Here’s why Richard Branson’s 3-day work week won’t work in India

In a country where 5-6 day week produces only about 3 days’ work, we will have so many more hours to kill in an 11-hour work day

anju

Anju Yadav | August 4, 2014



So Richard Branson advocates a three-day work week and the second richest man of the world, Mexican billionaire Carlos Slim, seconds the Brit. But, India, say news reports, is not ready for such a model as per HR experts.

I, Sirs, too, am an Indian who cannot let you impose your sinister designs upon us God’s own men and women who will simply lose their purposes in life if you were to give us four more days in a week.

O worthy westerners, what use do we have of three more days – we are not given to the wasteful ways of the West, wining and dining being way below our cup of tea, and samosas. 

The wives and the husbands will have more of their other halves on their nerves you see, pushing the divorce rate to near British/American averages. And children will be confused between a housewife mother and the househusband father. Besides, we do love money honey, but who wants to spend his/her day with an ATM? 

As mentioned in the PTI report, Joseph Devasia, managing partner of global executive recruitment firm Antal International Network, gives the best reason why a compressed workplace culture is not at all feasible for India. "We in India are poor on productivity and a three-day work week would reduce that further. I believe even now a 5-6 day week produces only as much as three days’ equivalent of work in the western world."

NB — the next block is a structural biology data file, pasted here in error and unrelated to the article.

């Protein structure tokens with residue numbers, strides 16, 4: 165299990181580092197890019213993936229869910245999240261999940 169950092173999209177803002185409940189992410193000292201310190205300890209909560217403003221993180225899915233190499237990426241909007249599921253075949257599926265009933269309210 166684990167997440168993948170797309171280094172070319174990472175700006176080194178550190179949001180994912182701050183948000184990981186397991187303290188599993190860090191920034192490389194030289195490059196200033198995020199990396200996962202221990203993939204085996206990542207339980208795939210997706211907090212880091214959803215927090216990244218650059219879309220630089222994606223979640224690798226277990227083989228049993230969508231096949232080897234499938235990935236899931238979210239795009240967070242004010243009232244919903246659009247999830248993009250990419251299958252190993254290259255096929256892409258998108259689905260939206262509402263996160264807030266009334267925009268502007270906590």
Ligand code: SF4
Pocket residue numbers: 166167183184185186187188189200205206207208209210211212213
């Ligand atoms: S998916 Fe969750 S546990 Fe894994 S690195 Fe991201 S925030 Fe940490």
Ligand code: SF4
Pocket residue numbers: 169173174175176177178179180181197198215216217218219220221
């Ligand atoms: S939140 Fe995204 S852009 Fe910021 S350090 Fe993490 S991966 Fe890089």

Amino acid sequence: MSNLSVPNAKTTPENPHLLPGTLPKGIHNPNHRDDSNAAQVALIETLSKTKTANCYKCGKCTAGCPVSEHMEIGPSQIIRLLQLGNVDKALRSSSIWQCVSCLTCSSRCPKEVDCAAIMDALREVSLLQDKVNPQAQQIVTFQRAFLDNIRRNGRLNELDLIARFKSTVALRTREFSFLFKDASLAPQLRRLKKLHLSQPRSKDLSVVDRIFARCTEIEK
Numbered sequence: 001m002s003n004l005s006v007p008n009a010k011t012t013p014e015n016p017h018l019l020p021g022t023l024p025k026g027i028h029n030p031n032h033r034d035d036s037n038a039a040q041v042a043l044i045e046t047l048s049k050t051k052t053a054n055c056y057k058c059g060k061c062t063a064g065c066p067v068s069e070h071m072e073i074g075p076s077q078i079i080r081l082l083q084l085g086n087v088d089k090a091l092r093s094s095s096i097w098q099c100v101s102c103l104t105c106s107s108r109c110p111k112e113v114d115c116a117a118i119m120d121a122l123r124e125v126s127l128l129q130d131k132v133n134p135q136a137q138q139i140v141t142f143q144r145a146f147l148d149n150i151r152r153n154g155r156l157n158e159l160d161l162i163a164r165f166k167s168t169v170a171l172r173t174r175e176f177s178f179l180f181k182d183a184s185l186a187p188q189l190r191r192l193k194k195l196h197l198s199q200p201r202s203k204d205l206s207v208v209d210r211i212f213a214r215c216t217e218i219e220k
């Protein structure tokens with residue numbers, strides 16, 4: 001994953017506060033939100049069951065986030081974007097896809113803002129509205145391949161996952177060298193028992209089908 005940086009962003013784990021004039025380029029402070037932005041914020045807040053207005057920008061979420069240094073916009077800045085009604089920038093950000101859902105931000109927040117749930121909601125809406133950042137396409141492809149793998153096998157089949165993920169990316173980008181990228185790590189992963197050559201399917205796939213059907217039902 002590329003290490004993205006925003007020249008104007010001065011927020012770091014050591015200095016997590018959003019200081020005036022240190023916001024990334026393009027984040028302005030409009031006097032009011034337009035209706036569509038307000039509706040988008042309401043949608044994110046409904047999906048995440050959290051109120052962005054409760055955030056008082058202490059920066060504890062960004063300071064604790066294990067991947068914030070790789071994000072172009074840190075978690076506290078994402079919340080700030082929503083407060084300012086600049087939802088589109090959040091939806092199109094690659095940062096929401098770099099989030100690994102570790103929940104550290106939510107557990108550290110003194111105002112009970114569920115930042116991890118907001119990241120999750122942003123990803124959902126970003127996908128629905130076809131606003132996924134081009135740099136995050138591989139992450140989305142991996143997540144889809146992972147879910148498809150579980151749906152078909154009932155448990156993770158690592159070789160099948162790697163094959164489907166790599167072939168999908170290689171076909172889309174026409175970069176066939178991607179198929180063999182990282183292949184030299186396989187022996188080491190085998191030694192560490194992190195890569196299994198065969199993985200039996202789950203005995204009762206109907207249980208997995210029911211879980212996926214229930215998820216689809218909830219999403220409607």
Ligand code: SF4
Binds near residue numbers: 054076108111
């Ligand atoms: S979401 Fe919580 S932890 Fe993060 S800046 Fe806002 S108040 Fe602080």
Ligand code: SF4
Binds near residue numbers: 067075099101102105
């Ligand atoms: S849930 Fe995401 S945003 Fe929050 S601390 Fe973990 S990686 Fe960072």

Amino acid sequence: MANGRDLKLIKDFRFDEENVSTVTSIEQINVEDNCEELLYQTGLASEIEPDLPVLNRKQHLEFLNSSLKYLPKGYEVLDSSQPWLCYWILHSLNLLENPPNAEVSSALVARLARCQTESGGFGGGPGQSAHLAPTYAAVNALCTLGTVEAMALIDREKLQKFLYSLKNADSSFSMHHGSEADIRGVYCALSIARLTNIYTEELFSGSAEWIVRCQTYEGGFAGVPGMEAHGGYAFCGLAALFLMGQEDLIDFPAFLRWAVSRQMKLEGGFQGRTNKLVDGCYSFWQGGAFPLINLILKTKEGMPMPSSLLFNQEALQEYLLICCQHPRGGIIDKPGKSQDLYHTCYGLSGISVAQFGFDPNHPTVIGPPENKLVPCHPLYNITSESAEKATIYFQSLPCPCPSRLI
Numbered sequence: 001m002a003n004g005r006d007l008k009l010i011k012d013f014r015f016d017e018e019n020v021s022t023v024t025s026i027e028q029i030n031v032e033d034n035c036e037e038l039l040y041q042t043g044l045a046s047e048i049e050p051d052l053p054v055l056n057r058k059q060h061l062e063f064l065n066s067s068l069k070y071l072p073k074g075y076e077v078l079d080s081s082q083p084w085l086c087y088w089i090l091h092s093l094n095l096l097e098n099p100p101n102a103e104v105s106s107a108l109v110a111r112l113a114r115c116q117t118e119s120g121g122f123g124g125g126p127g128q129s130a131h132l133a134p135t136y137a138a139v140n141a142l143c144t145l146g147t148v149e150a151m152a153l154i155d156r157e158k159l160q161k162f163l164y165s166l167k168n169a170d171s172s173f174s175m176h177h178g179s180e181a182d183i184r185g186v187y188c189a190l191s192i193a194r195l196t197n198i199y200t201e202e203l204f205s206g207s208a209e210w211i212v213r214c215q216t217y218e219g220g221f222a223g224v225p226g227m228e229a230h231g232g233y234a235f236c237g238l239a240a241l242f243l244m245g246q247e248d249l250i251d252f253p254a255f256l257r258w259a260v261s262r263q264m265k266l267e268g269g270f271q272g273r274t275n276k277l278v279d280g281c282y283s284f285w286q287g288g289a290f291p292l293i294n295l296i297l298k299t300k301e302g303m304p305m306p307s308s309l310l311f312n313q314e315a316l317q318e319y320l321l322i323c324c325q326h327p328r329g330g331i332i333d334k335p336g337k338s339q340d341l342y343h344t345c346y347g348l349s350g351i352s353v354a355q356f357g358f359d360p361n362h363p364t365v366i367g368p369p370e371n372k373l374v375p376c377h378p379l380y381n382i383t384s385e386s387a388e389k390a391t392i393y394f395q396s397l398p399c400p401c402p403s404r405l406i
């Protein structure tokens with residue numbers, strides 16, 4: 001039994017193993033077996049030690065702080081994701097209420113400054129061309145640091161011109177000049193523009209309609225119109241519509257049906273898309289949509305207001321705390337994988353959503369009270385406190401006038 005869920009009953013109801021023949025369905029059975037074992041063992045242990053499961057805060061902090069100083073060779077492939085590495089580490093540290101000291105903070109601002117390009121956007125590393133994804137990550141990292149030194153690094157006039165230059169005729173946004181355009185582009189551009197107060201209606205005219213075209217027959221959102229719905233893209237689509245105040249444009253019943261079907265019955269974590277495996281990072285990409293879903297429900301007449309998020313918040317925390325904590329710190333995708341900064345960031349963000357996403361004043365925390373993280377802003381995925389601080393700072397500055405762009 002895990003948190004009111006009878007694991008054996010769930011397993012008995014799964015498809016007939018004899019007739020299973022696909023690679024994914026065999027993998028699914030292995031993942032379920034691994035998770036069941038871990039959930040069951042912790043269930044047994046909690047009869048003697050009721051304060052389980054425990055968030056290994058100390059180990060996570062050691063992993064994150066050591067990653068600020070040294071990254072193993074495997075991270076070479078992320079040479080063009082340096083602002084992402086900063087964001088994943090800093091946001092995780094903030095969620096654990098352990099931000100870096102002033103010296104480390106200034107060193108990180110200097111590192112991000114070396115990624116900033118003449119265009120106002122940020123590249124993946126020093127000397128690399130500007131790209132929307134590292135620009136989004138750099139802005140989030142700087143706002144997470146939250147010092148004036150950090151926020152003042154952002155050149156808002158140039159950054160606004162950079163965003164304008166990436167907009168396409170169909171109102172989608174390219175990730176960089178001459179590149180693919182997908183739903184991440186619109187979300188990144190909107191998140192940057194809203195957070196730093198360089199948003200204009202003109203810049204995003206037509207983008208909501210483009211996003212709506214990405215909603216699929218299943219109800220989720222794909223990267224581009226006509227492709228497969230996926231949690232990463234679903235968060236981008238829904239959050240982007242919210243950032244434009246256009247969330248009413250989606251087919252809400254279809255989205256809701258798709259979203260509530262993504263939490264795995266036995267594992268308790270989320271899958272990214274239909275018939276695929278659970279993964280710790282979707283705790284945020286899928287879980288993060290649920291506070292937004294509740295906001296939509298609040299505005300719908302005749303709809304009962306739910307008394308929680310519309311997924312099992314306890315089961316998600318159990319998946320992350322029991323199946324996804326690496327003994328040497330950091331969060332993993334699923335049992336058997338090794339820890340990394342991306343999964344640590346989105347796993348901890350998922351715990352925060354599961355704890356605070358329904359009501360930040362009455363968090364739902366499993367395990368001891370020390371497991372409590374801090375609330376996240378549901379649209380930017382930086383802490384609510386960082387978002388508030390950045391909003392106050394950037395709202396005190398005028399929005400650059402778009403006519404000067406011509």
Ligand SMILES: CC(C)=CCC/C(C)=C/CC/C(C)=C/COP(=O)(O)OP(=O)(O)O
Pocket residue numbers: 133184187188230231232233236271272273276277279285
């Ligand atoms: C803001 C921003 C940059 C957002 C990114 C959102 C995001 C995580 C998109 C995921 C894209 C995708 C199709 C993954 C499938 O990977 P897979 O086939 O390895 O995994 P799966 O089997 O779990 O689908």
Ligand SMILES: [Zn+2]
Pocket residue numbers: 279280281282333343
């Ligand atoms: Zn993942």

There he nailed it. We won’t like it compressed ’coz we’re so used to the inflated. We like the office so that we stretch our work just to stay a little bit more in our cushy cocoons.

Then there is the pertinent case of office phone, printer, pantry, and above all, the air-conditioner. Even if we were willing to pay, where is the electricity?

Branson might see virtue in the three-day work week model, wherein people work for 11 hours a day for three days, but the extended weekend comprising four days will pose a challenge of another kind. A four-day weekend lends itself to an exciting proposition to go on a holiday (Mr Branson would agree here). But therein lies a quintessentially Indian twist. We invariably add a day ‘this side’ and a day ‘that side’ to a long weekend.

Now, that might not work for Branson or Slim, but we will be obliged to adjust that Eid holiday, and you Sirs dare not interfere in matters religious. 

That is 386 worthy words for you to ponder Messers Branson and Slim, and now let me catch that latest gossip by the watercooler.
 

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